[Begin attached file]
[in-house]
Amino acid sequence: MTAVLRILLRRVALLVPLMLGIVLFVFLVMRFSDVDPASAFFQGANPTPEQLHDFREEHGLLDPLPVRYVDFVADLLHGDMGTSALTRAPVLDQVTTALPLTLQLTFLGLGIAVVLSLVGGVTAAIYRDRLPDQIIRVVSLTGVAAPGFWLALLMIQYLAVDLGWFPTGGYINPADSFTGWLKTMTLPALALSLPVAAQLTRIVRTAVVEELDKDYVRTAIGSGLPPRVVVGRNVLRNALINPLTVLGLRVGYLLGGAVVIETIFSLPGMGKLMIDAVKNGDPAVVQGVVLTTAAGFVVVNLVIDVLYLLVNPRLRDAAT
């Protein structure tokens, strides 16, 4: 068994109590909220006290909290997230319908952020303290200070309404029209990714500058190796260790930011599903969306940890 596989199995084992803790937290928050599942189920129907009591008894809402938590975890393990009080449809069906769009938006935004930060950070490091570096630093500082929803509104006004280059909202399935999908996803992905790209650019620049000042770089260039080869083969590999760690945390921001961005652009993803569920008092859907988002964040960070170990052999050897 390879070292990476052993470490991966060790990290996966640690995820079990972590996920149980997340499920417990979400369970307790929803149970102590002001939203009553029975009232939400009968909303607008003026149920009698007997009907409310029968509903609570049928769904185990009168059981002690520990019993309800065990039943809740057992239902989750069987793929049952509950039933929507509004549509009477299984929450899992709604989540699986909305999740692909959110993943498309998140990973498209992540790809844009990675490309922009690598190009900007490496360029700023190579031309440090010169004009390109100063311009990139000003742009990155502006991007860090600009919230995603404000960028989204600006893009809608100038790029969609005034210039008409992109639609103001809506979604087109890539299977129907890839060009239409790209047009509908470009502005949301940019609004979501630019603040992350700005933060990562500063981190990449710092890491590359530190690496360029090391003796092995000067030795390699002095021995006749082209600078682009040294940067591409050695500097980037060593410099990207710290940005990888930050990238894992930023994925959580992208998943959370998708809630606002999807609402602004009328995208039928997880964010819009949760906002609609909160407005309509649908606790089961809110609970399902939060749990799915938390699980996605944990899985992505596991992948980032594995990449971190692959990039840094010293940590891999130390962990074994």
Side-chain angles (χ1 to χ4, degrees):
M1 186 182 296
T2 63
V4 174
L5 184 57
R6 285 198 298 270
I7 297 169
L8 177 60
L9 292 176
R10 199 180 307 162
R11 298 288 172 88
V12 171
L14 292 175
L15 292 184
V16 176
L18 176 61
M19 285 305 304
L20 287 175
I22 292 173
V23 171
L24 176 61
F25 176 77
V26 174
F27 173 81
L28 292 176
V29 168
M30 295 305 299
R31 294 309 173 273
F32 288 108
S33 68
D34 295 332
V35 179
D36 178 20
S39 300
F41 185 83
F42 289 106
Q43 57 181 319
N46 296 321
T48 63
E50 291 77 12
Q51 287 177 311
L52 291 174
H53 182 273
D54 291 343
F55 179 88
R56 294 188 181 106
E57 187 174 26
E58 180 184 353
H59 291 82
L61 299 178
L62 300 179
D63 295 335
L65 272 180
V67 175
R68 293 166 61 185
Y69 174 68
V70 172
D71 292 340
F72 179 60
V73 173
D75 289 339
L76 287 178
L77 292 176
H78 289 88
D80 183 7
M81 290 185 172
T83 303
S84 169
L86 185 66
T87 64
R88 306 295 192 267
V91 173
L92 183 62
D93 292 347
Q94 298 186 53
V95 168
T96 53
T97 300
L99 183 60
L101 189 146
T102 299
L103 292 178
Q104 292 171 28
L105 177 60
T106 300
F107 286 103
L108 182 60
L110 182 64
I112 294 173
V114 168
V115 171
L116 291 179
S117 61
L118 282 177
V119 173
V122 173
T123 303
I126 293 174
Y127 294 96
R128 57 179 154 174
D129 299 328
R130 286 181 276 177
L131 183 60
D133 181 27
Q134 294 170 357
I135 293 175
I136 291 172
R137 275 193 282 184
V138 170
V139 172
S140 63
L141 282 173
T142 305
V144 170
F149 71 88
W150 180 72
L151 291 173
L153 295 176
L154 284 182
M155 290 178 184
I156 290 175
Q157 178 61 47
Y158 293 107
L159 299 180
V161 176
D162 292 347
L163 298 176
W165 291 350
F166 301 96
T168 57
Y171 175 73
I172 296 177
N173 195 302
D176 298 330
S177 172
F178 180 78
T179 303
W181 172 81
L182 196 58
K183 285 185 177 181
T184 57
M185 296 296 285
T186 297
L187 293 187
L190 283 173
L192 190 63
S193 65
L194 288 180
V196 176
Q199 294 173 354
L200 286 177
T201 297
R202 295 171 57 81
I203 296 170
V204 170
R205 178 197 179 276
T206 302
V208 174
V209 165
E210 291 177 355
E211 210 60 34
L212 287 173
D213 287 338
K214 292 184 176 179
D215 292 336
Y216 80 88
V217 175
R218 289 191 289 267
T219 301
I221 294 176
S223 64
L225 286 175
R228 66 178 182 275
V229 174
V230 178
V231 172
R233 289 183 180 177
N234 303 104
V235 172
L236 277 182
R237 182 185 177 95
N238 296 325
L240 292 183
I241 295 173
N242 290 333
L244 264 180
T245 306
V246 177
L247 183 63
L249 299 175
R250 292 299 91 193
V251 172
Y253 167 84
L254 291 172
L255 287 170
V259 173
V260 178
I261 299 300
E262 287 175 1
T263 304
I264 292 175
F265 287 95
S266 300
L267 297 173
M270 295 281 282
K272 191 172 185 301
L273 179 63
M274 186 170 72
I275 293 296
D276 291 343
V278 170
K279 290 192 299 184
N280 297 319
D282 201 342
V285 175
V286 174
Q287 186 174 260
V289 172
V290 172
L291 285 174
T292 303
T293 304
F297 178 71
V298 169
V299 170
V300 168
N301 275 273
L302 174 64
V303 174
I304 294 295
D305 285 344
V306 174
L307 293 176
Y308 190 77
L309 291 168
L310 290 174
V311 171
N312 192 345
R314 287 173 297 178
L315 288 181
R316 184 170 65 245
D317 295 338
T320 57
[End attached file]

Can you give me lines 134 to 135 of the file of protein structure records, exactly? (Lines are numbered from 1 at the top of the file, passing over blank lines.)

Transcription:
Y171 175 73
I172 296 177